Political Internship Scheme- A Great Opportunity for Migrants' Local Political Participation
The Immigrant Council of Ireland initiated the political internship scheme in March 2018 with the aim of promoting migrant participation in local politics, including encouraging and preparing them to run for elective positions in the upcoming local elections in 2019. The internship invited members of the migrant community to volunteer to intern with local councillors to get a better sense of what the role involved. The interns were paired with local representatives, working alongside the councillor on local issues and attending Council and community meetings.
One of the Immigrant Council’s strategic goals for 2017-21 is to help shape the narrative on migrant rights and to continue playing a leading role in supporting integration in Ireland and combatting xenophobia and racism. Promoting migrant political participation in local politics is an integral part of this goal. It is crucial for our elected representatives to reflect the community it serves, which means ensuring those from a migrant background are supported to register, vote and run. This programme saw the Immigrant Council match participants with local councillors from 5 constituencies in Wicklow, Dundalk, Cork, Longford and Swords.
Wicklow Independent Councillor, Joe Behan said “It is essential for people who are coming to the country from other parts of the world to be involved in every aspect of Irish life, including the democratic aspect which is political.” Anne Waithira, who interned with Cllr. Joe Behan, agreed. She said, “The minority are no longer the few. We have become way too many and we need to get things done.” They both enjoyed working together and are looking forward to the upcoming 2019 local elections where they will be seeking election to Wicklow County Council.
The interns in the scheme were asked to keep a weekly written journal of their experiences and participate in review exercises. The Immigrant Council worked with both the interns and the Councillors to help publicise the scheme with the view to encouraging migrants to engage more with their local political system. A number of videos have been produced and can be accessed here and through the Immigrant Council’s YouTube Channel. The Immigrant Council will continue to work with Councillors and the interns to publicise and promote the programme and crucially, the key message to encourage more people from migrant background register, vote and run in local elections. Increased diversity among voters and representatives will build political systems which better serve communities, building stronger societies for everyone.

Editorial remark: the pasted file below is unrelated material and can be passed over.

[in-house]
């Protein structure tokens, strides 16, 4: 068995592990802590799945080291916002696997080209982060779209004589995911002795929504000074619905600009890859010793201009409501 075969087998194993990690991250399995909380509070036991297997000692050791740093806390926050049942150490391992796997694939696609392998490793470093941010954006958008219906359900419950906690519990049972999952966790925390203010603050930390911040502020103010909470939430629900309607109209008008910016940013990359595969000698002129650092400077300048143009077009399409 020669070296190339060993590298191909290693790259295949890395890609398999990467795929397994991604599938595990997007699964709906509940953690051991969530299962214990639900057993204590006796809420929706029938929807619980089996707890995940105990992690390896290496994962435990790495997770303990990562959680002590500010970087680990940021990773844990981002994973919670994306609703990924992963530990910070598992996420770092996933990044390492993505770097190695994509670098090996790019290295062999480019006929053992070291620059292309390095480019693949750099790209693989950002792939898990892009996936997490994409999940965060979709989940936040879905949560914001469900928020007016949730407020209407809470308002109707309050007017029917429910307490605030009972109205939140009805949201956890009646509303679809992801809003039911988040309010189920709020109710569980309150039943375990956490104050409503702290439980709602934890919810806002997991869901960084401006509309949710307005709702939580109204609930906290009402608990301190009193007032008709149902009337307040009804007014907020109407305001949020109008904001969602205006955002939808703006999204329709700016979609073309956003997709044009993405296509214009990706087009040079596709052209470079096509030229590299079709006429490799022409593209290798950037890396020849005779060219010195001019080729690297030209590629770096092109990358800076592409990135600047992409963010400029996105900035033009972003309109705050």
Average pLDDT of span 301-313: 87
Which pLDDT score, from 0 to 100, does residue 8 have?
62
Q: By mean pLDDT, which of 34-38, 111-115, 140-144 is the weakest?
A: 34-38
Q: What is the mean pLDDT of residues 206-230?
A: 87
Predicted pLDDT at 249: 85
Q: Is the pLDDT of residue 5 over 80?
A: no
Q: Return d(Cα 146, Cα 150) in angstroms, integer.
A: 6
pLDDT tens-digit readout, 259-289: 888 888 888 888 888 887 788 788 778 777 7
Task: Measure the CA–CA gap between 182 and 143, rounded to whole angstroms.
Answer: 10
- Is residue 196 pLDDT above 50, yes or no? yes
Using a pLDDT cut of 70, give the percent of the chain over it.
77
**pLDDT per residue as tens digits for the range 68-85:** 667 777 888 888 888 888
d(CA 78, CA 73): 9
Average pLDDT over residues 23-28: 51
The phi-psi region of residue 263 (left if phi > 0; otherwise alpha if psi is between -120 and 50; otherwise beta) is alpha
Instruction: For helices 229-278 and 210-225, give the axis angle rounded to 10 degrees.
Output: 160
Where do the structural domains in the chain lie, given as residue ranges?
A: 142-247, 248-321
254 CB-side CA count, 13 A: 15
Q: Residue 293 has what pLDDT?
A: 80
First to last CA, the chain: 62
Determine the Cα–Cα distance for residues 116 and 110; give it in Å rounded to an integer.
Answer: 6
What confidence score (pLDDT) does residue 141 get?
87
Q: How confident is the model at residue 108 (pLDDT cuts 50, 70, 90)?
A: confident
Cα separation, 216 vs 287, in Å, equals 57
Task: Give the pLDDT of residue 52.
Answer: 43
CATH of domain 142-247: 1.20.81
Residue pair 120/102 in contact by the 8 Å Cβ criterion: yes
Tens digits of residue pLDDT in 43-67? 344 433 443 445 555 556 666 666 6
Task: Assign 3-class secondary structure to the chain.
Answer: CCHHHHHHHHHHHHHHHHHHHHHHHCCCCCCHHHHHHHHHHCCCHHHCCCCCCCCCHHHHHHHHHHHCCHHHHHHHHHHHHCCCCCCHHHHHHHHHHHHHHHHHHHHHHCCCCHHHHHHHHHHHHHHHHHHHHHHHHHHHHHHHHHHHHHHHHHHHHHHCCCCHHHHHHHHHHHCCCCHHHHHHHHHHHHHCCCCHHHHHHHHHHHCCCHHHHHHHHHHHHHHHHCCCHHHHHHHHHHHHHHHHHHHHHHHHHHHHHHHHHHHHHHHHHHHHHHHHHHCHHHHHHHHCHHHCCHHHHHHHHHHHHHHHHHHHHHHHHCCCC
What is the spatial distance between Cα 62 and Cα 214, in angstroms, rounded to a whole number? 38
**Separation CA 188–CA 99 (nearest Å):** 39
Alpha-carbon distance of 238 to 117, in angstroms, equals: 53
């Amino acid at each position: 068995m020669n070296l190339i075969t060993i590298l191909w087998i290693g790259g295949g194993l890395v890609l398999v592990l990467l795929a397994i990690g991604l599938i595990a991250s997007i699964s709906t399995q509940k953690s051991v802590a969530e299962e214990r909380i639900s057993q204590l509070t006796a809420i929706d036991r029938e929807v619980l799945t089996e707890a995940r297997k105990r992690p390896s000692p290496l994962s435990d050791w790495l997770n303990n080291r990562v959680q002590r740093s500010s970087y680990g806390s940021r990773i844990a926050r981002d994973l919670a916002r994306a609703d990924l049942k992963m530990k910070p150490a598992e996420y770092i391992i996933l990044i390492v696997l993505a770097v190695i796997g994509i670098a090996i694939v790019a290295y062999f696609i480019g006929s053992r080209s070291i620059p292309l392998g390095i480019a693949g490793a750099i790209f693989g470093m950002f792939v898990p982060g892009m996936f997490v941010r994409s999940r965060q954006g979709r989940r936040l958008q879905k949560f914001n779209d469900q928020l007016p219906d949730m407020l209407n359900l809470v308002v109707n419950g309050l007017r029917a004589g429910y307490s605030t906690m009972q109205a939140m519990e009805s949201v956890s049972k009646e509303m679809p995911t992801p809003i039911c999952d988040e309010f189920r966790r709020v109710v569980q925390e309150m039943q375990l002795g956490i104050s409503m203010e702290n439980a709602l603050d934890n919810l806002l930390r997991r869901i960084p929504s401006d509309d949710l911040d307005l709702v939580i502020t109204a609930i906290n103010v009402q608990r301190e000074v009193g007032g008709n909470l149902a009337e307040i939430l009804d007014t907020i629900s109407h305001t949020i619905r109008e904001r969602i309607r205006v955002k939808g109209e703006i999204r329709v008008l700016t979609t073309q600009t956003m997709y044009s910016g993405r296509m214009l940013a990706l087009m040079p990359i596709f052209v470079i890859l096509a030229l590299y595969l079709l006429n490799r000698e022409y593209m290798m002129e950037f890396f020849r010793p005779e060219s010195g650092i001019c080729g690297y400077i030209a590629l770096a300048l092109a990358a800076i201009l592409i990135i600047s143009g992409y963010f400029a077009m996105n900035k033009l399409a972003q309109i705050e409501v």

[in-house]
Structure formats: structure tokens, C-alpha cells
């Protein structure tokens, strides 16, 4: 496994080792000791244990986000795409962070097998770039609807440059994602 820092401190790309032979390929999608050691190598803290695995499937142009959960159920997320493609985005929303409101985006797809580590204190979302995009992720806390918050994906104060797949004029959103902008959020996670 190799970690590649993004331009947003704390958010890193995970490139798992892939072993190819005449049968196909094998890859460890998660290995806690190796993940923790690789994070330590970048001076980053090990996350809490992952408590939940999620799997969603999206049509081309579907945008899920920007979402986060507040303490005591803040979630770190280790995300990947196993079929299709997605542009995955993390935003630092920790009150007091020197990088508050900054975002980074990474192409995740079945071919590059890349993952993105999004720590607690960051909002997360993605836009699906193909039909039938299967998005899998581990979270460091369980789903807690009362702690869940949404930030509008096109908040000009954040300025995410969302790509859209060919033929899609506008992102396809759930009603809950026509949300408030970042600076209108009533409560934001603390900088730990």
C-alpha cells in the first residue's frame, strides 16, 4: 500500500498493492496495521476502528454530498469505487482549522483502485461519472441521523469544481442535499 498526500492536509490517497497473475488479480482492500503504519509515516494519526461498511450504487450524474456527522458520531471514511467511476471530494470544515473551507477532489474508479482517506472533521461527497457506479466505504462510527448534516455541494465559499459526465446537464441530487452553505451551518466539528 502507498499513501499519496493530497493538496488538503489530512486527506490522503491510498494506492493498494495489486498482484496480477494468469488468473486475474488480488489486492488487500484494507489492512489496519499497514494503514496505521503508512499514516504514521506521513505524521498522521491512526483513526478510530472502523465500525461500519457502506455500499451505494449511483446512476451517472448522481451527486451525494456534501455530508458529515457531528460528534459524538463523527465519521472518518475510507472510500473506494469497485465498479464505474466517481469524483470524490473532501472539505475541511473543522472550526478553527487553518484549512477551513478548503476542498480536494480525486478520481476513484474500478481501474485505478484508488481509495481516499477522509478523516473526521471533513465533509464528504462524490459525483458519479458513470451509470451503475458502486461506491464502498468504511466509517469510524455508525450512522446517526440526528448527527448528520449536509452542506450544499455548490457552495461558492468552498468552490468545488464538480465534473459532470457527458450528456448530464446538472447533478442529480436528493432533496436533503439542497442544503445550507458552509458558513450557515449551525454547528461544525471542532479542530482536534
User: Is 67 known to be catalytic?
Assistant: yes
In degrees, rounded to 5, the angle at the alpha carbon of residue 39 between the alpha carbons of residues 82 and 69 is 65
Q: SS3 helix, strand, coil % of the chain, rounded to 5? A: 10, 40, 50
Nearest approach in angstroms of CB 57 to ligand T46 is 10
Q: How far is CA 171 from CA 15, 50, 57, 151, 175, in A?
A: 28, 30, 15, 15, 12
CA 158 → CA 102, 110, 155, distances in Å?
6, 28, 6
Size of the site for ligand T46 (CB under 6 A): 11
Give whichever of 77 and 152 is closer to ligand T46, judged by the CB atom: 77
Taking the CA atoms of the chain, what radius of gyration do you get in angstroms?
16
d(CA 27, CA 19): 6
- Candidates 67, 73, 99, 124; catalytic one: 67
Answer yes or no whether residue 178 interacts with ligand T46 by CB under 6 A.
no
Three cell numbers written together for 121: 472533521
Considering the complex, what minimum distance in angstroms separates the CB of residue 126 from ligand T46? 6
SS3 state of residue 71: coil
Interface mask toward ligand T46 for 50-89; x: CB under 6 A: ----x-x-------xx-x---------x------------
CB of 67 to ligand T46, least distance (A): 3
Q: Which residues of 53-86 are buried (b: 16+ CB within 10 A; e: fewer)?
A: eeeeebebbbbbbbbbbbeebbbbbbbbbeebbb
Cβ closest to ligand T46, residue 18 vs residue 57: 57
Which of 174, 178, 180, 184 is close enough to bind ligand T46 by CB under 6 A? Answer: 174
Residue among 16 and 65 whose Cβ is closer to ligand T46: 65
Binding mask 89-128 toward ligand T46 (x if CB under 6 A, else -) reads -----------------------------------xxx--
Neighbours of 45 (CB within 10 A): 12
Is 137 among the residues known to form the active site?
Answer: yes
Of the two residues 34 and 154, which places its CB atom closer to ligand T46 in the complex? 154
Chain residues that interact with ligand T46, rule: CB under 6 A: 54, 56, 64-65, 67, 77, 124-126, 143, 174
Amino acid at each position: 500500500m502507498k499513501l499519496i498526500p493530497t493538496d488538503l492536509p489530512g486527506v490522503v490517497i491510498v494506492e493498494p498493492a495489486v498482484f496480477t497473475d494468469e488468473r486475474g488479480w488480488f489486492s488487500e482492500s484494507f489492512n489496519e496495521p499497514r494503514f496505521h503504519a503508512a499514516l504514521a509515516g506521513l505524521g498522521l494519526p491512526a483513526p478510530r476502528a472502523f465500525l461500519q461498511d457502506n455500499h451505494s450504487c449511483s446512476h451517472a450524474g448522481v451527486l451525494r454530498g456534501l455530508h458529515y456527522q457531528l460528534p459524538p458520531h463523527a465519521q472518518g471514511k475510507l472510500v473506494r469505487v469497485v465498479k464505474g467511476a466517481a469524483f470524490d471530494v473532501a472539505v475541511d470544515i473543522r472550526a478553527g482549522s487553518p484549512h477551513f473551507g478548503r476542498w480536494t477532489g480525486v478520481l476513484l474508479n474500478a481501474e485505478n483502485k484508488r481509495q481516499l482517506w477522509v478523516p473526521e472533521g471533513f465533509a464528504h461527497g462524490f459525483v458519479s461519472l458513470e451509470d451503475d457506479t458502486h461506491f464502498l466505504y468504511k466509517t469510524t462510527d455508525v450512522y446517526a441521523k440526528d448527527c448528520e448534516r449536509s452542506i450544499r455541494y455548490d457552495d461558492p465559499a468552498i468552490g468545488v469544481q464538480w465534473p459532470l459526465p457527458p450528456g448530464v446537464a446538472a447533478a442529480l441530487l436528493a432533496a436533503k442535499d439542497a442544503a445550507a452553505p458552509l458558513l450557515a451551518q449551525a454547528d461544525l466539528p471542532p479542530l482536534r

Through her participation in the scheme, Fahmeda Naheem, from Cork, met people of various backgrounds. She said, “It was very interesting when I went to the meetings and saw people from my local area discussing different issues they were facing… so it really shows that local politics revolves around an individual.” Adam Muchegwa from Dundalk said attending Council meetings gave him a deeper understanding of the local politics. “I know exactly what is happening in this Council which is something I never used to know so the benefit is that I have got involved in the local democracy.”
It is evident that the interns learned a lot from the Councillors. The scheme was jam-packed with activities from council meetings to canvasing in the local areas. Yulia Ghumman, who interned with Councillor Duncan Smith of Swords- Fingal Council, said she did not know that Councillors worked that hard and that they do not receive any administrative support and all costs to the job are borne by themselves. On a lighter note, she said “the canvassing alerted me to the different door designs including ones with letterboxes down below, you have to kneel to stash the information leaflets.”
Although the scheme is winding up, the Immigrant Council hopes looking into the future Councillors and their political affiliations will support and promote migrant participation and representation in local politics. The evidence from this scheme is clear: supporting migrants’ participation in local politics has benefits for everyone involved. Councillor Anne Campbell said, “This internship has been unforgettable, it has been life changing and game changing for me and it’s something I would recommend.”